Our digital marketing agency isn’t a publicly traded company, but yesterday, the fast-paced social media powerhouse, Twitter, went public on the New York Stock Exchange. So, in honor of companies’ initial public offerings, I though it would be fun to compile the four best and four worst IPOs in recent history.
eBay, the online consumer-to-consumer corporation headquartered in San Jose, California, experienced one of the most successful first-day IPOs to date. On September 24, 1998, the company went public at $18 a share and nearly tripled its price, closing at $53. The company raised $63 million and stayed well above $53, touching over $300 in early 1999. Today, shares are still worth nearly $53.
Before Google went public on August 19, 2004, there were many skeptical about the decision. The company had received criticism for a Playboy magazine interview, a last-minute drop in their IPO price, which began at $85 a share. Nevertheless, Google decided to go public and raised $1.6 billion. By 2007, shares were over $600 and today, they are over $1,000.
AT&T Wireless (AWE)
The telecommunications company AT&T’s separate entity of AT&T Wireless went public on April 26, 2000 with shares set at $29.50. Despite a shaky market due to newly-released inflation data, AT&T sold 360 million shares and raised a total of $10.6 billion in just one day, which was (at the time) the largest IPO in history. The stock is now under AT&T Inc. (T) and is still successful.
On December 13, 1991, San Diego-based wireless technology company Qualcomm went public with shares at $18. The company’s stock was successful and grew rapidly over the next eight years, peaking at $176.13 a share in December of 1999. Today, the company is still doing well, with shares at $69.
This biotechnology firm in Seattle went public on October 7, 2009 with a share price of $10. The company hoped to raise $80 million, however, before it went public, an ex-chief executive accused Omeros of forging timekeeping records in order to get an NIH grant. The company ended up raising $62 million, but declined 36% in its first two weeks of being public and 42% by November.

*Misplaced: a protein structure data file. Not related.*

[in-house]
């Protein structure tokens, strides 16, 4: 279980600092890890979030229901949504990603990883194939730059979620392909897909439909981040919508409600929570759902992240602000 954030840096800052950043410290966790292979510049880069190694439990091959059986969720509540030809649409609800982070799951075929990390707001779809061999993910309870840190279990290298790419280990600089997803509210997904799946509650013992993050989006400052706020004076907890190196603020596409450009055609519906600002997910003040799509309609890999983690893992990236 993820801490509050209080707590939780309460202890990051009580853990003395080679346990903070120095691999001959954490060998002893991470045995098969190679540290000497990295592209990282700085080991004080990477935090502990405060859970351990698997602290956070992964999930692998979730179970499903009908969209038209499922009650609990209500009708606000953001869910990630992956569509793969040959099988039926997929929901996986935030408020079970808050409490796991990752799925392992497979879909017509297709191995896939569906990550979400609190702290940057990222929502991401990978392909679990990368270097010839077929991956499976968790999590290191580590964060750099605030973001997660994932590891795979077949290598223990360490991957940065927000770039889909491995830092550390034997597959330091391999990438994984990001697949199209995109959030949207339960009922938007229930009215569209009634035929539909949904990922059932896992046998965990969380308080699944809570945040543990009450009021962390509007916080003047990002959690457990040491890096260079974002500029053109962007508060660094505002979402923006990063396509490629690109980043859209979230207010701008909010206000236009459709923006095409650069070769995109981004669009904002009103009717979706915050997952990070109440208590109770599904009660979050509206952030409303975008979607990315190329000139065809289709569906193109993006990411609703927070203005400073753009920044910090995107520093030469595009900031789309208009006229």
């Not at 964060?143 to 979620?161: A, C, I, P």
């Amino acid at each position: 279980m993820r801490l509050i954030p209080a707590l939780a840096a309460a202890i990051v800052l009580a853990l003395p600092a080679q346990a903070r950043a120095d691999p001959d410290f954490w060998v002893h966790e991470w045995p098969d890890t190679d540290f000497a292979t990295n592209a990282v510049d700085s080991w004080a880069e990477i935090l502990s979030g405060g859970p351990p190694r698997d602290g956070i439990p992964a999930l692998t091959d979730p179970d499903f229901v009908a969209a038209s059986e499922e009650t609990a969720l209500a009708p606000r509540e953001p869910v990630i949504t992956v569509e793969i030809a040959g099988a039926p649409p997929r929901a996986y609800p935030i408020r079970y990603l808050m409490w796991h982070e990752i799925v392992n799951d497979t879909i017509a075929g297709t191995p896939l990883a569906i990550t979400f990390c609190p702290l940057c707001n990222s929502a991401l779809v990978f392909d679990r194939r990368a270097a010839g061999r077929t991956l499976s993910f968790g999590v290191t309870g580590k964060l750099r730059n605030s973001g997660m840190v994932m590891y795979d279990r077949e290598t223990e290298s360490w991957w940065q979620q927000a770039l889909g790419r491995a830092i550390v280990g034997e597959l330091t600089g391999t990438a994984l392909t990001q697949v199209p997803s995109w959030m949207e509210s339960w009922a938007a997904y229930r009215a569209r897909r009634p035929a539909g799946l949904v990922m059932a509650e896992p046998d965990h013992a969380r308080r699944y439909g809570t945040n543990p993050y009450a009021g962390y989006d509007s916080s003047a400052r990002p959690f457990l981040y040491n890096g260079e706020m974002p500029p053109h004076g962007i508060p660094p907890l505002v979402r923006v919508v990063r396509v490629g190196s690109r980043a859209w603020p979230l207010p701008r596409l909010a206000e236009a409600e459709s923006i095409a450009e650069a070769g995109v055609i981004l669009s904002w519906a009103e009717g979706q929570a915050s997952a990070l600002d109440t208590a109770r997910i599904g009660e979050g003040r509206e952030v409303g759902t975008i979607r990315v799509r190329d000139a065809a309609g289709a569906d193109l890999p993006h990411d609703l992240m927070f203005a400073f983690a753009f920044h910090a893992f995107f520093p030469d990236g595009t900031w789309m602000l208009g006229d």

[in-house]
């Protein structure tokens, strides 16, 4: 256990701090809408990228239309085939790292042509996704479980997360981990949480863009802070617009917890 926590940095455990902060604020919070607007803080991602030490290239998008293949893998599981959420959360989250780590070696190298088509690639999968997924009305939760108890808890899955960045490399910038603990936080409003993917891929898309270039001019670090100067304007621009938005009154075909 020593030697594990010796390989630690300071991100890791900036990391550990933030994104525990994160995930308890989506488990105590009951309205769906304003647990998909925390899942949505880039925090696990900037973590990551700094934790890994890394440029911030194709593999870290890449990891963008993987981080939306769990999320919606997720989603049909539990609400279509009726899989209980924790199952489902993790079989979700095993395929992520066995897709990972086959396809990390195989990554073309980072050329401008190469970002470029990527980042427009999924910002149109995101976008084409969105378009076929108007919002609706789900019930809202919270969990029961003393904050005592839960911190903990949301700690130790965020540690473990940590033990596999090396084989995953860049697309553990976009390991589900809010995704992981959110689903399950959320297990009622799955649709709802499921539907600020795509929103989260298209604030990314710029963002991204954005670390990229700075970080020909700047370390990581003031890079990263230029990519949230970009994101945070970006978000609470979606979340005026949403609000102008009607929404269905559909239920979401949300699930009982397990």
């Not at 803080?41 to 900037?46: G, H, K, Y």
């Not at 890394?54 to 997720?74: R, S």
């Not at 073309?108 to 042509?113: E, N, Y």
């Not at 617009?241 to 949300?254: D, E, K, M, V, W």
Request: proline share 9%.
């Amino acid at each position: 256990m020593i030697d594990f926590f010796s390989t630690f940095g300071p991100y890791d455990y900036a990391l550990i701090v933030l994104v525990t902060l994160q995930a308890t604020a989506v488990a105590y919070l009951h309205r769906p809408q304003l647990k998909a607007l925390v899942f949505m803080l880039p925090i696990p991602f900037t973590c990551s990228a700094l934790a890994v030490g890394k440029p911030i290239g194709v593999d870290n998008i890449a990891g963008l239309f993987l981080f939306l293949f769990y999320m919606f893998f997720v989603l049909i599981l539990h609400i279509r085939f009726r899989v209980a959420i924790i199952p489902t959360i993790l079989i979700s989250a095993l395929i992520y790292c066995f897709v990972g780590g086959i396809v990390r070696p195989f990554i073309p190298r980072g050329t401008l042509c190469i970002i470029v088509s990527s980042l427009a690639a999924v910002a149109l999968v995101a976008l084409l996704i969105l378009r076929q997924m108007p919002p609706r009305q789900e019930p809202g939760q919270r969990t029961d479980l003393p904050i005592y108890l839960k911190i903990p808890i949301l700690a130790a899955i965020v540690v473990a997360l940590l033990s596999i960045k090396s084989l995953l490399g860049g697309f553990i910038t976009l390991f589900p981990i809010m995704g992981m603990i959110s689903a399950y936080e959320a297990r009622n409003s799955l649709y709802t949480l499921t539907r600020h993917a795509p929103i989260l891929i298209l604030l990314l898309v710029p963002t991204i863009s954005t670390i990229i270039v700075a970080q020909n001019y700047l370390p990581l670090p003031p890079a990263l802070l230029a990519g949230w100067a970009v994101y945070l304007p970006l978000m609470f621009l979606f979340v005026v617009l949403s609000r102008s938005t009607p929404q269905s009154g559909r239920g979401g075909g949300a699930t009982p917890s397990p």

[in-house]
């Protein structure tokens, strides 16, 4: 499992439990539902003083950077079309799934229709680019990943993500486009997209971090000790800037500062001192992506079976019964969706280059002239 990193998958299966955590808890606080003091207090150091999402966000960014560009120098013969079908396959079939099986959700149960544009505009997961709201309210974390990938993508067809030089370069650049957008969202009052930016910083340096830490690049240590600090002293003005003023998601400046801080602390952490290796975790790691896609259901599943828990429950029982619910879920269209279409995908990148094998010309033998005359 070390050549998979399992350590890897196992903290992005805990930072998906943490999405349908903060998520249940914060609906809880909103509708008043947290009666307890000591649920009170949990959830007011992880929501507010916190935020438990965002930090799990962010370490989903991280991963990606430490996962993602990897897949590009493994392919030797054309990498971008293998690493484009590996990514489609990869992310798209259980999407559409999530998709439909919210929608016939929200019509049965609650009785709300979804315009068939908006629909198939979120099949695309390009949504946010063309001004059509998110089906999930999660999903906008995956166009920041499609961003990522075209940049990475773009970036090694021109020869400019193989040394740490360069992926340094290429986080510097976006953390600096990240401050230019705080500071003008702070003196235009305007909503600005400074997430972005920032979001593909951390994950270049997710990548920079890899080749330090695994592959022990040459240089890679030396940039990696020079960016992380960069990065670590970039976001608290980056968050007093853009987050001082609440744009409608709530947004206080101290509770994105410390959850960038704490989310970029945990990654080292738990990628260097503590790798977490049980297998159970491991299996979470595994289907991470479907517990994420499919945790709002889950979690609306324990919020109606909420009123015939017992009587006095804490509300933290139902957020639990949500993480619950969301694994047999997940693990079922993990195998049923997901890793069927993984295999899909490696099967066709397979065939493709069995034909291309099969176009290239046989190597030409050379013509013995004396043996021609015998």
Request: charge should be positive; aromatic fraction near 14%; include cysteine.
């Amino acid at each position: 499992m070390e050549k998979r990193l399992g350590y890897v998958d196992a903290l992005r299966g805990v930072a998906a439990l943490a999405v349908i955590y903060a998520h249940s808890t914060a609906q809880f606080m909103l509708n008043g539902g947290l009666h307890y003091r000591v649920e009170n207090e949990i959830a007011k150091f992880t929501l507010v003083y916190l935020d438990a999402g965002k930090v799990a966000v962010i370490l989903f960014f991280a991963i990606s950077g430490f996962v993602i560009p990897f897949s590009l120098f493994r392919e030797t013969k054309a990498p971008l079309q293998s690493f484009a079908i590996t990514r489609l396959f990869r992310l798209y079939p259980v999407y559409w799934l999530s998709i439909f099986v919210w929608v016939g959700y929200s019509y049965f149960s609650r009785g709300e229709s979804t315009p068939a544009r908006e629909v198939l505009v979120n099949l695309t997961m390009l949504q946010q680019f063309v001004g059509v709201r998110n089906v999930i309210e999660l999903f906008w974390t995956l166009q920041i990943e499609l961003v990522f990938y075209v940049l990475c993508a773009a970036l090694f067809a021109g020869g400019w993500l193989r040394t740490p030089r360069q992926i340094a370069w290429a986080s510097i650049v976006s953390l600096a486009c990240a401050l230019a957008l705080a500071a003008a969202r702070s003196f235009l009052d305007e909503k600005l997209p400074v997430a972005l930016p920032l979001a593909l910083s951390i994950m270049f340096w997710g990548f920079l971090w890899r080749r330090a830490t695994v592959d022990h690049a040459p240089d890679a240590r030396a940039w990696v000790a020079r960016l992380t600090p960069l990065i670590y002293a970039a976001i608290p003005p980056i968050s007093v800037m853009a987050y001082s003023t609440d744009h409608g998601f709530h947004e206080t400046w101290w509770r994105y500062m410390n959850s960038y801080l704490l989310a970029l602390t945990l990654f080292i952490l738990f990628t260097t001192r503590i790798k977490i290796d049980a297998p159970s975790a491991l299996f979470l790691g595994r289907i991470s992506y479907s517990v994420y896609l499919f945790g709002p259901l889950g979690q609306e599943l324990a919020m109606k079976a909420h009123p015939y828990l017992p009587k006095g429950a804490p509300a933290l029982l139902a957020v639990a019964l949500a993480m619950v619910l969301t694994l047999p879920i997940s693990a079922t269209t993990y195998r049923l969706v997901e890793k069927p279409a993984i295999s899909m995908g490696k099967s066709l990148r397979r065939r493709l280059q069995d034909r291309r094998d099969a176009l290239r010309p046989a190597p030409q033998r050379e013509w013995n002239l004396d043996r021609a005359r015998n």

FriendFinder Networks (FFN)
FriendFinder Networks, the company that owns FriendFinder.com, Penthouse, and a slew of sex and dating websites, went public on May 11, 2011 and looked promising at first. The social company opened with a share price of $10 and raised $50 million. However, just a year later, the company’s stock tanked to just $1.20 a share.
MF Global Holdings (MFGLQ)
Formerly known as Man Financial, this commodities brokerage firm based in New York City saw trouble after it went public on July 18, 2007. The company opened with a share price of $30 and ended up raising nearly $3 billion. In early 2008, however, MF Global was forced to fork over $141 million for unauthorized trading and was then fined $10 million by the Commodity Futures Trading Commission and $495,000 by the Chicago Mercantile Exchange. MF Global filed for bankruptcy in October 2011.
Headquartered in California, this grocery delivery service went public in November of 1999 and raised $375 million. The company also received $1 billion from private investment firms, yet with so much money, Webvan still couldn’t make it. The company filed for bankruptcy in 2001; many people say it’s because the company built 300,000-square-foot distribution centers that cost $25 million to build and because they lost so much money during processing and delivery fees.